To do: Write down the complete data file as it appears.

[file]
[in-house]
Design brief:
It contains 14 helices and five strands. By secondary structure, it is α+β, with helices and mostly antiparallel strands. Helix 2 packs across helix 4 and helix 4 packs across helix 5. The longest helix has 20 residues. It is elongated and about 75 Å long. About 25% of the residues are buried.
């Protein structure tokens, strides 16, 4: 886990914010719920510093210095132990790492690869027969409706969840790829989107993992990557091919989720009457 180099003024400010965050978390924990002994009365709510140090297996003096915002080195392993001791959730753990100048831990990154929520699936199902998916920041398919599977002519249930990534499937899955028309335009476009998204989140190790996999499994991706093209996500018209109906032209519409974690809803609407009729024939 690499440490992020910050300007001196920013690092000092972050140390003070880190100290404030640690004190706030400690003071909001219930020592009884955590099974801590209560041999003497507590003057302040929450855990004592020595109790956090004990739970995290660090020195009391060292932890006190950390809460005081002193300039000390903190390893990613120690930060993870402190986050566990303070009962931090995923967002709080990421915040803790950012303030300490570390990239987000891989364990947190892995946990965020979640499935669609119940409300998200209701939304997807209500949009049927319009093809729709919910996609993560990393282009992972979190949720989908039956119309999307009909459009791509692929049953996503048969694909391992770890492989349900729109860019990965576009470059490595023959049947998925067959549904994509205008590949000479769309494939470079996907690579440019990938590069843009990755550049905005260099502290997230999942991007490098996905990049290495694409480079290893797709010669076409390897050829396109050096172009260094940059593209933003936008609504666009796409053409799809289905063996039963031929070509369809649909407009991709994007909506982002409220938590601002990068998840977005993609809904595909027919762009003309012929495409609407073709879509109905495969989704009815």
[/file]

[in-house]
Design brief:
It contains 14 helices and five strands. By secondary structure, it is α+β, with helices and mostly antiparallel strands. Helix 2 packs across helix 4 and helix 4 packs across helix 5. The longest helix has 20 residues. It is elongated and about 75 Å long. About 25% of the residues are buried.
């Protein structure tokens, strides 16, 4: 886990914010719920510093210095132990790492690869027969409706969840790829989107993992990557091919989720009457 180099003024400010965050978390924990002994009365709510140090297996003096915002080195392993001791959730753990100048831990990154929520699936199902998916920041398919599977002519249930990534499937899955028309335009476009998204989140190790996999499994991706093209996500018209109906032209519409974690809803609407009729024939 690499440490992020910050300007001196920013690092000092972050140390003070880190100290404030640690004190706030400690003071909001219930020592009884955590099974801590209560041999003497507590003057302040929450855990004592020595109790956090004990739970995290660090020195009391060292932890006190950390809460005081002193300039000390903190390893990613120690930060993870402190986050566990303070009962931090995923967002709080990421915040803790950012303030300490570390990239987000891989364990947190892995946990965020979640499935669609119940409300998200209701939304997807209500949009049927319009093809729709919910996609993560990393282009992972979190949720989908039956119309999307009909459009791509692929049953996503048969694909391992770890492989349900729109860019990965576009470059490595023959049947998925067959549904994509205008590949000479769309494939470079996907690579440019990938590069843009990755550049905005260099502290997230999942991007490098996905990049290495694409480079290893797709010669076409390897050829396109050096172009260094940059593209933003936008609504666009796409053409799809289905063996039963031929070509369809649909407009991709994007909506982002409220938590601002990068998840977005993609809904595909027919762009003309012929495409609407073709879509109905495969989704009815």